It is possible to create a tenancy without a written tenancy agreement. But it is not a good idea.
Written tenancy agreements – the Law
A tenancy is a type of ownership of (or strictly speaking ‘interest in’) land and the Law of Property Act 1925 says that all interests in land need to be created by deed.
However it then goes on, in s54(2), to say that in some circumstances a tenancy can be created without a deed:
Nothing in the foregoing provisions of this Part of this Act shall affect the creation by parol of leases taking effect in possession
- in possession
- for a term not exceeding three years (whether or not the lessee is given
power to extend the term)
- at the best rent which can be reasonably obtained
- without taking a fine.
Which translated into ordinary language means that a tenancy will be created without a written tenancy agreement
- when they move in
- if the term is three years or less
- if there is a market rent
- and there is no premium or ‘key money’
What this means is that if you allow Fred to move into your flat on a handshake and an agreement that he will pay you £450 pcm, that will create a valid assured shorthold tenancy.
Things included if there is no written tenancy agreement
Some things will be included in a tenancy agreement whether they are written down or not. For example:
- The ‘covenant for quiet enjoyment
- The landlord’s statutory repairing obligations
- The tenant’s right to be evicted by a court order (as set out in the Protection from Eviction Act 1977)
- The tenant’s duty to use the property in a ‘tenant like manner’
- S81 of the Housing Act 1980 which provides that tenants should not carry out improvements or alterations to a property without the landlord’s written consent
- S15 of the Landlord & Tenant Act 1988 which provides that the tenancy cannot be assigned or sublet without the landlord’s agreement
Tenancies without a written tenancy agreement – the problems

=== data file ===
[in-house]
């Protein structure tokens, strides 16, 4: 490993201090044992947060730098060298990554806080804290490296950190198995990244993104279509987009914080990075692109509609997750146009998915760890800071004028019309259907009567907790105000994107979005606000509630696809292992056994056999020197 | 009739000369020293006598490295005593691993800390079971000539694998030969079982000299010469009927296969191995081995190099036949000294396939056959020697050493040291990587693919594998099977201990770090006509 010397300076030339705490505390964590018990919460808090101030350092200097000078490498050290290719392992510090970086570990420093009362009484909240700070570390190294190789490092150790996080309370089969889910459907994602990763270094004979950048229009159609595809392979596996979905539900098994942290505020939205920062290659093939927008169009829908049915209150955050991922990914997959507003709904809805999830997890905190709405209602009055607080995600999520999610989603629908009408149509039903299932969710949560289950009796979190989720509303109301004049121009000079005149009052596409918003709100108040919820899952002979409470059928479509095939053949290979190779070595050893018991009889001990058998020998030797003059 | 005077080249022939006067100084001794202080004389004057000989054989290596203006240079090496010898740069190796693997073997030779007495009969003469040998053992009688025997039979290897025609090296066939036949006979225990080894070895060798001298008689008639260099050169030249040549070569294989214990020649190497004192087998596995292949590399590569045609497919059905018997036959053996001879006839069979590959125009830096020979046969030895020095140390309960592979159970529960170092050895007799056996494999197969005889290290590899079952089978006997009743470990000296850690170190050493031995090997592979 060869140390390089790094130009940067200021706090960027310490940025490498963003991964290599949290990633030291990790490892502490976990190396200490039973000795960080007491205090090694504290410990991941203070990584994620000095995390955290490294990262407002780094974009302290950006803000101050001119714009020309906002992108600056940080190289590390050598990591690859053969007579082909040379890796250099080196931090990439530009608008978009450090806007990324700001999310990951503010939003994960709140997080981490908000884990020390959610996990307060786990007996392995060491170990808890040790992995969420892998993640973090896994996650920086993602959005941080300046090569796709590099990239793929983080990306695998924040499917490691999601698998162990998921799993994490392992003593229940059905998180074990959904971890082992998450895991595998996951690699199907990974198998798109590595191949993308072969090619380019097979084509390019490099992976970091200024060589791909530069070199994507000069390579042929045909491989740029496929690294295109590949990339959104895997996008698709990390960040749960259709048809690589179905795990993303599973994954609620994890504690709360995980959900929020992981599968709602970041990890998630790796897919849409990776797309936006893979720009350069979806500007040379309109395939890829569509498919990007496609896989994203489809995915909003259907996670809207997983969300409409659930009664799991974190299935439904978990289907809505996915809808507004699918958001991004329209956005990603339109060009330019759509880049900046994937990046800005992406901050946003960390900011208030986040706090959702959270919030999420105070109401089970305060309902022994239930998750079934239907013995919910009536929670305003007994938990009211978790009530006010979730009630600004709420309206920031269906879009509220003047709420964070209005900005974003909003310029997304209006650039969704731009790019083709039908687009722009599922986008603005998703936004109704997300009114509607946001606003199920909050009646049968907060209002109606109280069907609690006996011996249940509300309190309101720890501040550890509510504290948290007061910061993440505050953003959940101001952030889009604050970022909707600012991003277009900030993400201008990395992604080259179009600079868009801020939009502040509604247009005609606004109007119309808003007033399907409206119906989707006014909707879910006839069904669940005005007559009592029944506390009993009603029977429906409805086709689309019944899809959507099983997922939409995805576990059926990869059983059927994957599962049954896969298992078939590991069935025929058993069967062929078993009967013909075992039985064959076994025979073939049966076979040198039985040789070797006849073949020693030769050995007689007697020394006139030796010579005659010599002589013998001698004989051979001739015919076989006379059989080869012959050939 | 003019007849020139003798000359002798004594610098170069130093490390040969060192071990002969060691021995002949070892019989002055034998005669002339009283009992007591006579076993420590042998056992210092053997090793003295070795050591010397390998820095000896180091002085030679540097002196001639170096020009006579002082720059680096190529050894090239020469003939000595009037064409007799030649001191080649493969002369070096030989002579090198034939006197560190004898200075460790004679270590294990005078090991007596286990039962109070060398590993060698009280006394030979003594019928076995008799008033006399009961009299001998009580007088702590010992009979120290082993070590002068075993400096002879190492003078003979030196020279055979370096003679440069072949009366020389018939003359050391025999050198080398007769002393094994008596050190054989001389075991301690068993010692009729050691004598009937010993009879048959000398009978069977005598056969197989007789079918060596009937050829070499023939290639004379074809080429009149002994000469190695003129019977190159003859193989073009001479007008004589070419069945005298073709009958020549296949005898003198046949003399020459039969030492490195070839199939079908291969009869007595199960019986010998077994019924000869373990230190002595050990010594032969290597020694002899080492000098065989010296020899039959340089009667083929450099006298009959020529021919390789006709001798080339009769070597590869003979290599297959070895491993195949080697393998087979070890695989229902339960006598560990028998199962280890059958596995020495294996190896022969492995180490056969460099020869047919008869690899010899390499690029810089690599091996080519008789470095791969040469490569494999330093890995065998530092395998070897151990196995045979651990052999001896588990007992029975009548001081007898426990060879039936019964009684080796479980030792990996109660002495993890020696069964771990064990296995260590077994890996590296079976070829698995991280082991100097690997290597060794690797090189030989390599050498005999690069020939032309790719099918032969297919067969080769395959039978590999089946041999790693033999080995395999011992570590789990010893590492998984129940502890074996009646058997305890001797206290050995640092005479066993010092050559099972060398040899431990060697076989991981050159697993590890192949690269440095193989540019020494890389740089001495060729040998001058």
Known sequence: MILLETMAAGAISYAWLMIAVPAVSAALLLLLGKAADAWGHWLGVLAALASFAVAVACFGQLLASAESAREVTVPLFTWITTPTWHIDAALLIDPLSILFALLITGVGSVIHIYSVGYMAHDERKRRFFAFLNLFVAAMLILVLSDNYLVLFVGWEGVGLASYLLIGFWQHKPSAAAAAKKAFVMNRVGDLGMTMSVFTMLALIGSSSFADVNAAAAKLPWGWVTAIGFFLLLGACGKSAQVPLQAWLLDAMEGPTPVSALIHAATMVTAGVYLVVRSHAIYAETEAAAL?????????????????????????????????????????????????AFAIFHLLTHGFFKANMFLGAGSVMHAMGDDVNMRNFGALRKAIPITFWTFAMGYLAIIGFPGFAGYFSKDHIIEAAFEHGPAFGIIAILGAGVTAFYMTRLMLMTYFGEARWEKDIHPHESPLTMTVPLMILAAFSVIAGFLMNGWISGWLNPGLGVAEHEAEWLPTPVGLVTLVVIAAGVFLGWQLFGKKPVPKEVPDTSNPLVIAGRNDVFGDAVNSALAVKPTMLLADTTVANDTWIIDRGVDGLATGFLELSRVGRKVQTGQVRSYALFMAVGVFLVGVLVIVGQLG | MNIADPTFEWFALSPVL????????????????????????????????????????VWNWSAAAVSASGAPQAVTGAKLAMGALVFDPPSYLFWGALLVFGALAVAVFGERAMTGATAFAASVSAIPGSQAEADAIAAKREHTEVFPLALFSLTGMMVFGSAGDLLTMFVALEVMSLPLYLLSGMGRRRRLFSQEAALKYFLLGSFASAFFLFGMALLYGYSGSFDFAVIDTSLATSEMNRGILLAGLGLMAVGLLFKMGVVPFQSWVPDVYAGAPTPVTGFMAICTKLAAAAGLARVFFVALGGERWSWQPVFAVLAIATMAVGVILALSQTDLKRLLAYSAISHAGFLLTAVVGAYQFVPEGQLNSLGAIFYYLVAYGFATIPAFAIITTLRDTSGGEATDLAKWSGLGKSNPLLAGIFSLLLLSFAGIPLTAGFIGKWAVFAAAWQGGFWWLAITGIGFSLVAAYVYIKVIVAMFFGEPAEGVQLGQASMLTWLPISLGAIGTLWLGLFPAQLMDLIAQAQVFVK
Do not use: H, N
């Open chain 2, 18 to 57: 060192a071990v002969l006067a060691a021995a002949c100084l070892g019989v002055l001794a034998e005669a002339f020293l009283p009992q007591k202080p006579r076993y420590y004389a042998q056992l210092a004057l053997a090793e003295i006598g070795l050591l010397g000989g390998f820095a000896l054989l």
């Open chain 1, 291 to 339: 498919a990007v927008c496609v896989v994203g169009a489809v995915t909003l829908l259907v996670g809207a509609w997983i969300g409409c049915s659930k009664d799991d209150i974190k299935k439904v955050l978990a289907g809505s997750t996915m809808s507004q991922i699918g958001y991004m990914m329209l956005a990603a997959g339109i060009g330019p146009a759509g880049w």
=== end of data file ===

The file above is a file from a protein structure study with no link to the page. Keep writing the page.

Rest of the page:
The trouble is – not having any agreed written terms will bring in problems. For example:
- Rent for tenancy is by default (ie if there is no agreement to the contrary) payable in arrears. So Fred will legally be able to pay you at the end of the month rather than at the start.
- If he then claims that actually you agreed to let him live there for £400, not £450, it will be difficult for you to prove otherwise – as there is nothing written down.
- If you took a deposit, and Fred disagrees with your deductions at the end of the tenancy, you will not succeed at adjudication as you are only entitled to make deductions from the deposit (which is the tenant’s money) if there is a tenancy agreement term saying what things you can deduct.
And so on.
Always have an agreement
Because of the problems that can arise if you do not have a written tenancy agreement, landlords are strongly advised to make sure that ALL tenants have signed a proper tenancy agreement BEFORE they are given the keys.
DON”T trust them to come to your office and sign it later. They may say they will, but if they change their minds, there is nothing you can do about it.
You can’t force them to sign. And the only way you can get them out is by evicting them through the courts. But as there is no written tenancy agreement you will not be able to use the quicker ‘accelerated procedure’ if you want to use section 21.
So although a tenancy without a tenancy agreement is possible, it is something you should avoid at all costs.
NB Tenancy agreements can be obtained via my Landlord Law service.